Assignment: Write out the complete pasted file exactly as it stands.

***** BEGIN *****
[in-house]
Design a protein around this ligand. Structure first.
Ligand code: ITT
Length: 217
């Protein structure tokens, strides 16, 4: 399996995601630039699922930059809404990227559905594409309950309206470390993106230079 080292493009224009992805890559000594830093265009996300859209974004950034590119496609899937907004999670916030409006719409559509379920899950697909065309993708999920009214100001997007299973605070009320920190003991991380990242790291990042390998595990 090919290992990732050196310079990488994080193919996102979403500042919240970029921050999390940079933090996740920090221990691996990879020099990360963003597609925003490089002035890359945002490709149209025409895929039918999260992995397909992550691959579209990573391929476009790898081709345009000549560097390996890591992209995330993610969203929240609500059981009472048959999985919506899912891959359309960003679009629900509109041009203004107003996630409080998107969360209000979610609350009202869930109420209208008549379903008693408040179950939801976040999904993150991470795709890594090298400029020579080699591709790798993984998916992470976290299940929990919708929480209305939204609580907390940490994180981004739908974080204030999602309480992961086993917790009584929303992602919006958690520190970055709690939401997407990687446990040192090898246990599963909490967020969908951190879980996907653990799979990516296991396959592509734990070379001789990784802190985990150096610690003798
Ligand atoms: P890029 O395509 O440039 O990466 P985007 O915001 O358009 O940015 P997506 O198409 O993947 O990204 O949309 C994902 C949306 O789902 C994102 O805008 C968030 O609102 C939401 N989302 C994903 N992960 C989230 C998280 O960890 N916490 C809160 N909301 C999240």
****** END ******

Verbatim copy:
[in-house]
Design a protein around this ligand. Structure first.
Ligand code: ITT
Length: 217
């Protein structure tokens, strides 16, 4: 399996995601630039699922930059809404990227559905594409309950309206470390993106230079 080292493009224009992805890559000594830093265009996300859209974004950034590119496609899937907004999670916030409006719409559509379920899950697909065309993708999920009214100001997007299973605070009320920190003991991380990242790291990042390998595990 090919290992990732050196310079990488994080193919996102979403500042919240970029921050999390940079933090996740920090221990691996990879020099990360963003597609925003490089002035890359945002490709149209025409895929039918999260992995397909992550691959579209990573391929476009790898081709345009000549560097390996890591992209995330993610969203929240609500059981009472048959999985919506899912891959359309960003679009629900509109041009203004107003996630409080998107969360209000979610609350009202869930109420209208008549379903008693408040179950939801976040999904993150991470795709890594090298400029020579080699591709790798993984998916992470976290299940929990919708929480209305939204609580907390940490994180981004739908974080204030999602309480992961086993917790009584929303992602919006958690520190970055709690939401997407990687446990040192090898246990599963909490967020969908951190879980996907653990799979990516296991396959592509734990070379001789990784802190985990150096610690003798
Ligand atoms: P890029 O395509 O440039 O990466 P985007 O915001 O358009 O940015 P997506 O198409 O993947 O990204 O949309 C994902 C949306 O789902 C994102 O805008 C968030 O609102 C939401 N989302 C994903 N992960 C989230 C998280 O960890 N916490 C809160 N909301 C999240």